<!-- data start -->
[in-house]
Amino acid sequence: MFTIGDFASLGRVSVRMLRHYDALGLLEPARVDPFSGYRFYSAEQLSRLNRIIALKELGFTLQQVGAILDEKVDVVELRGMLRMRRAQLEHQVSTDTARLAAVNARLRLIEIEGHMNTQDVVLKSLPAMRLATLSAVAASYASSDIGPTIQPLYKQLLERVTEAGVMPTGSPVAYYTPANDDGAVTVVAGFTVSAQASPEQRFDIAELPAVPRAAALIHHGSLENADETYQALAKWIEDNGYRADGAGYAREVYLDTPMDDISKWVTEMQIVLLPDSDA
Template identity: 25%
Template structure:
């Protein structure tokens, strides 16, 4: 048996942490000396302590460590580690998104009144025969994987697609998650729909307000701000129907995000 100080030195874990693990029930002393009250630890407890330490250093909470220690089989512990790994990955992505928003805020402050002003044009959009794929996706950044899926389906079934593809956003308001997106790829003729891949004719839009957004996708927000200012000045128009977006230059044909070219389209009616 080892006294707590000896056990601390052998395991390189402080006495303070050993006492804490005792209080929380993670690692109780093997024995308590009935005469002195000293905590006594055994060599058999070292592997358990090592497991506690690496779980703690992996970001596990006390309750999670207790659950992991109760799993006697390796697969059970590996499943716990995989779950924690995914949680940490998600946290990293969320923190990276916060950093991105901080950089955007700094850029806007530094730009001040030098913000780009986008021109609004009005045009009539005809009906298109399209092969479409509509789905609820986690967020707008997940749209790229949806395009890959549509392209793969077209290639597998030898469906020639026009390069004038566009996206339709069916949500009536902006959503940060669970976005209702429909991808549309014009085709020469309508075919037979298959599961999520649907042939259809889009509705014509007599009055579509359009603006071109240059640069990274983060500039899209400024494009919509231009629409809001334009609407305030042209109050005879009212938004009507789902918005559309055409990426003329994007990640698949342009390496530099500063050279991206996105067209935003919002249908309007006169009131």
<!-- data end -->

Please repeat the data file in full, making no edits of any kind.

[in-house]
Amino acid sequence: MFTIGDFASLGRVSVRMLRHYDALGLLEPARVDPFSGYRFYSAEQLSRLNRIIALKELGFTLQQVGAILDEKVDVVELRGMLRMRRAQLEHQVSTDTARLAAVNARLRLIEIEGHMNTQDVVLKSLPAMRLATLSAVAASYASSDIGPTIQPLYKQLLERVTEAGVMPTGSPVAYYTPANDDGAVTVVAGFTVSAQASPEQRFDIAELPAVPRAAALIHHGSLENADETYQALAKWIEDNGYRADGAGYAREVYLDTPMDDISKWVTEMQIVLLPDSDA
Template identity: 25%
Template structure:
């Protein structure tokens, strides 16, 4: 048996942490000396302590460590580690998104009144025969994987697609998650729909307000701000129907995000 100080030195874990693990029930002393009250630890407890330490250093909470220690089989512990790994990955992505928003805020402050002003044009959009794929996706950044899926389906079934593809956003308001997106790829003729891949004719839009957004996708927000200012000045128009977006230059044909070219389209009616 080892006294707590000896056990601390052998395991390189402080006495303070050993006492804490005792209080929380993670690692109780093997024995308590009935005469002195000293905590006594055994060599058999070292592997358990090592497991506690690496779980703690992996970001596990006390309750999670207790659950992991109760799993006697390796697969059970590996499943716990995989779950924690995914949680940490998600946290990293969320923190990276916060950093991105901080950089955007700094850029806007530094730009001040030098913000780009986008021109609004009005045009009539005809009906298109399209092969479409509509789905609820986690967020707008997940749209790229949806395009890959549509392209793969077209290639597998030898469906020639026009390069004038566009996206339709069916949500009536902006959503940060669970976005209702429909991808549309014009085709020469309508075919037979298959599961999520649907042939259809889009509705014509007599009055579509359009603006071109240059640069990274983060500039899209400024494009919509231009629409809001334009609407305030042209109050005879009212938004009507789902918005559309055409990426003329994007990640698949342009390496530099500063050279991206996105067209935003919002249908309007006169009131």